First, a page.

By Vincent Dajani
In “Where Are They Now?”, SmartCEO takes another look at companies and CEOs previously featured on our magazine cover. Zips’ cover story appeared in February 2012. Read it here. If your company was featured on our cover and you’re interested in having us revisit your story, email email@example.com.
When SmartCEO last talked to former Zips Dry Cleaners CEO Brett Vago, he estimated that in 2014, the company would have 80 stores. That year has come and gone, with the store count at 37, or less than half that projection. But don’t count Zips down-and-out just yet. As SmartCEO learned, the past few years have been monumental for Zips.
In April of 2013, the original founders decided that it was time to bring in a partner to increase revenue and get Zips in a position to expand. Cue venture capital firm JPB Partners and Reid Bechtle, a man who describes himself as having “been in big business my entire career, in terms of fixing companies for investors.”
JBP had worked with Bechtle’s consulting company in the past, so it knew of his experience with growing businesses. When JBP looked for a leader to grow Zips, the offer went to Bechtle.
“I found it to be a very intriguing business with a tremendous amount of potential,” says Bechtle, now CEO of Zips.
So what is his plan? How is he going to steer this revolutionary dry-cleaning business in the right direction?
“We’re trying to become a value-based dry cleaner and the dry cleaner of choice,” he says.
Bechtle sees not just more regional stores on the horizon, but is eyeing national expansion. To grow the way both Bechtle and Vago have predicted, Zips will have to undergo a lot of changes that are sure to shake up the dry-cleaning industry even further.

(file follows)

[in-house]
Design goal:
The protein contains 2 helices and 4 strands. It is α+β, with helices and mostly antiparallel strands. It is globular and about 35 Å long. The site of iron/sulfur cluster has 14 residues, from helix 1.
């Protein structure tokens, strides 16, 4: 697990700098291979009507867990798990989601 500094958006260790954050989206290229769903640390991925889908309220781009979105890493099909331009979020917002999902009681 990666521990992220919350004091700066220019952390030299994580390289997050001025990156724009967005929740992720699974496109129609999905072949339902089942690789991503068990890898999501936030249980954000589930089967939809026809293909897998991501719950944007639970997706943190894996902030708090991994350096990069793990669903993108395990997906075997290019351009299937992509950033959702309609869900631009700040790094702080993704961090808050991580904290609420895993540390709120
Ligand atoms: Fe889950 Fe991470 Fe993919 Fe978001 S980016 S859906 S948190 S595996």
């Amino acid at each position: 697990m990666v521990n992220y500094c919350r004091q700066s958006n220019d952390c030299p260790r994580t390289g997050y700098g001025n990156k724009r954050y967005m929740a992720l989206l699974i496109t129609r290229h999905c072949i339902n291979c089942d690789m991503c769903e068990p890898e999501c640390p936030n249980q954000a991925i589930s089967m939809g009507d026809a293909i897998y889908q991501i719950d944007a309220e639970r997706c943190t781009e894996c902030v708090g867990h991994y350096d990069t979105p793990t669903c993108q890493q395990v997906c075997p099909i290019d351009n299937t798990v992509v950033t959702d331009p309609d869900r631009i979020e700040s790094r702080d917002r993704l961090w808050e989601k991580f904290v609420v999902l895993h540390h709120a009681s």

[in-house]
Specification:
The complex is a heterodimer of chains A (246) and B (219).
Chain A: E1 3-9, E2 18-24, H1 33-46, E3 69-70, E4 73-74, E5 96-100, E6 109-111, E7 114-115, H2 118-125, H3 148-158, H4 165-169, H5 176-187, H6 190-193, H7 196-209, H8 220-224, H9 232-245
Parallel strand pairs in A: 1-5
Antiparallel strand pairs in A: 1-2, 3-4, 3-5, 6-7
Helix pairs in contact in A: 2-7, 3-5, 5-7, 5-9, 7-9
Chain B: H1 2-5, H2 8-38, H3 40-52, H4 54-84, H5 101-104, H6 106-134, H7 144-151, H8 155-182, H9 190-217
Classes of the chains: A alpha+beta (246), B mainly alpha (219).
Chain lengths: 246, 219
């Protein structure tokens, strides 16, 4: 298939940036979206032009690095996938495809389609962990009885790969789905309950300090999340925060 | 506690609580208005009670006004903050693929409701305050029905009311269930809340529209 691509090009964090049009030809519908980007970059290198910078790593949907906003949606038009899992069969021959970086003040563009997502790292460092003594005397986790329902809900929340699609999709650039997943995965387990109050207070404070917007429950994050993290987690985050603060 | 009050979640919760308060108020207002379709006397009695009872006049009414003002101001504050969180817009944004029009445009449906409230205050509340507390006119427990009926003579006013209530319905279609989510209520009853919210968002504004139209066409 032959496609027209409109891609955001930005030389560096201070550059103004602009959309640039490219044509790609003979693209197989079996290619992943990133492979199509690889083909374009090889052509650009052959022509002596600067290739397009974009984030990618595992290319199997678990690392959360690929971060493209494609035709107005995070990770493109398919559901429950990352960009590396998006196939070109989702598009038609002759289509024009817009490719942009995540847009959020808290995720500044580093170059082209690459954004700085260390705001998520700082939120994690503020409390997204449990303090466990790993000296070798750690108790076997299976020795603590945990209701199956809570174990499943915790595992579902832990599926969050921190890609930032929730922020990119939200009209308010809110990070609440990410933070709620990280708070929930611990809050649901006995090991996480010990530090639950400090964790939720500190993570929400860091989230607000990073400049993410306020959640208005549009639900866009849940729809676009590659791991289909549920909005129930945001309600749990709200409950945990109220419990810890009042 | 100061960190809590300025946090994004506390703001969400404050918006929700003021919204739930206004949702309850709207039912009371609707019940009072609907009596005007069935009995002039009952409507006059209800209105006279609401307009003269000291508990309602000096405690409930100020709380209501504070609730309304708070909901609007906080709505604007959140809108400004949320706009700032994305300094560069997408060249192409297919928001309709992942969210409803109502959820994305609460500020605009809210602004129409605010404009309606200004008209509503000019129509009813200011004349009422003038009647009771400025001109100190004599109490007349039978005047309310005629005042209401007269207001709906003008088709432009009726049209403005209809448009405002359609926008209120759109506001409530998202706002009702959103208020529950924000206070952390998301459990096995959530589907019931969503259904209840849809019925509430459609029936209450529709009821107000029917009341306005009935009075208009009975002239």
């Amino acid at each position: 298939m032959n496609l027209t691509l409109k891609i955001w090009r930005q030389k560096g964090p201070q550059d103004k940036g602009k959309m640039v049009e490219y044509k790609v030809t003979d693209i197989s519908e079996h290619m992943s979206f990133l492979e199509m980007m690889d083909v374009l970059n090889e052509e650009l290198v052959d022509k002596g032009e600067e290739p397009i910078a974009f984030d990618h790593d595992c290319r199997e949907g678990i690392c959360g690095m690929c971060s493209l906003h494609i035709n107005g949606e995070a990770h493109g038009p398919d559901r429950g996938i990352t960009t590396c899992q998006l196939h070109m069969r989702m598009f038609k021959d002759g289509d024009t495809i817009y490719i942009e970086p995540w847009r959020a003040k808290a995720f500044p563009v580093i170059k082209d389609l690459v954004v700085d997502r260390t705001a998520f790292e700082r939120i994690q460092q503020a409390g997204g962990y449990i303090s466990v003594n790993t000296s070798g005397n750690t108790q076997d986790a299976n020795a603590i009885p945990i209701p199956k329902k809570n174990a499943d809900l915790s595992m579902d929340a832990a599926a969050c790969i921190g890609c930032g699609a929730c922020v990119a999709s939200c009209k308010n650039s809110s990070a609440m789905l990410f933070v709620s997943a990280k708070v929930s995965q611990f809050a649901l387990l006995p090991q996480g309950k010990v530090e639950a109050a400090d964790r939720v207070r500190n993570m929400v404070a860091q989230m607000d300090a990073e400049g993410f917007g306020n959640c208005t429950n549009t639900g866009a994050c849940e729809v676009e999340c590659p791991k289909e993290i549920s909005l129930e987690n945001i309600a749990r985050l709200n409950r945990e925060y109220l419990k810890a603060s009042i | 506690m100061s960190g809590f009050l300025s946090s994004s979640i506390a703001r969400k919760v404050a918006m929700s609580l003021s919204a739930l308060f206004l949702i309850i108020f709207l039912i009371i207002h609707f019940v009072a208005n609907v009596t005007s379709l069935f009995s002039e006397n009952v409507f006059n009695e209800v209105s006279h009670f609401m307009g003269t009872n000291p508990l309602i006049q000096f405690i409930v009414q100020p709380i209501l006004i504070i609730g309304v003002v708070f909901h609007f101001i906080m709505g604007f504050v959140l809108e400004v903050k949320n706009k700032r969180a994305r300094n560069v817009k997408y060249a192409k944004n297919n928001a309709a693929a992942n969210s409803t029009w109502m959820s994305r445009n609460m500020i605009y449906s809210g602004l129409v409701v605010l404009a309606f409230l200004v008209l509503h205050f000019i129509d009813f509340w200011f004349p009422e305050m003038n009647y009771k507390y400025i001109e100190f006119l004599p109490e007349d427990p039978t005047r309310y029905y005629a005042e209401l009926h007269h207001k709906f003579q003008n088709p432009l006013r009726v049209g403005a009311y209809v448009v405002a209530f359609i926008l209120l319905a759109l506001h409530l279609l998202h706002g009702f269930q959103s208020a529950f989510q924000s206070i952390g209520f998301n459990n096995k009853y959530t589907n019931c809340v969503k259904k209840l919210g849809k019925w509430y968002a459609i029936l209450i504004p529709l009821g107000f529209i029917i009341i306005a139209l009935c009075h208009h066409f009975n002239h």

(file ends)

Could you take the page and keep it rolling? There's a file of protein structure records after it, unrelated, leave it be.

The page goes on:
“We’re trying to understand our customer better and looking at our customers of the future,” Bechtle says. “We’re focusing on social media and consistency within our stores. Before, our stores were cash only. One of the changes that are going into place in 2015 is that we’re accepting credit cards.”
Zips has even hired an analyst. “People in the dry-cleaning business looked at us and said, ‘Why in the world do you need an analyst?’” But that hire has helped Zips get in touch with its existing customers and expand its marketing toward future customers, Bechtle explains. Dry-cleaning customers today, according to Bechtle, demand flexibility. “We’ve made a new mobile app because most inquiries that come in are from mobile devices,” he says. “It also seems that people that love Zips love coffee … so stores do better near a Starbucks or a Dunkin Donuts. We want to get the clothes in by 9 a.m. and out by 5. We want to be more convenient. We want to put up a lot more Zips stores. It’s like getting a haircut. If it’s not convenient, you can avoid it.”
Bechtle believes that Zips has more to offer than any other dry cleaner, and he plans to prove it. “We’ve become a lot more aggressive within the marketplace,” he says.” Our new ads are saying, ‘Look, why are you paying more?’ We have people from the local dry-cleaning community call and threaten to sue us. They would tell us that we’re not as good, and this and that. And our point to them was: Well, then you have absolutely nothing to worry about.”
In the future, Bechtle believes, half of Zips’ customer base will come from existing dry cleaners, while the other 50 percent will be people who don’t use normal dry cleaning because it’s too expensive. Zips plans to turn the dry-cleaning industry on its head and clean 30 million garments in 2015.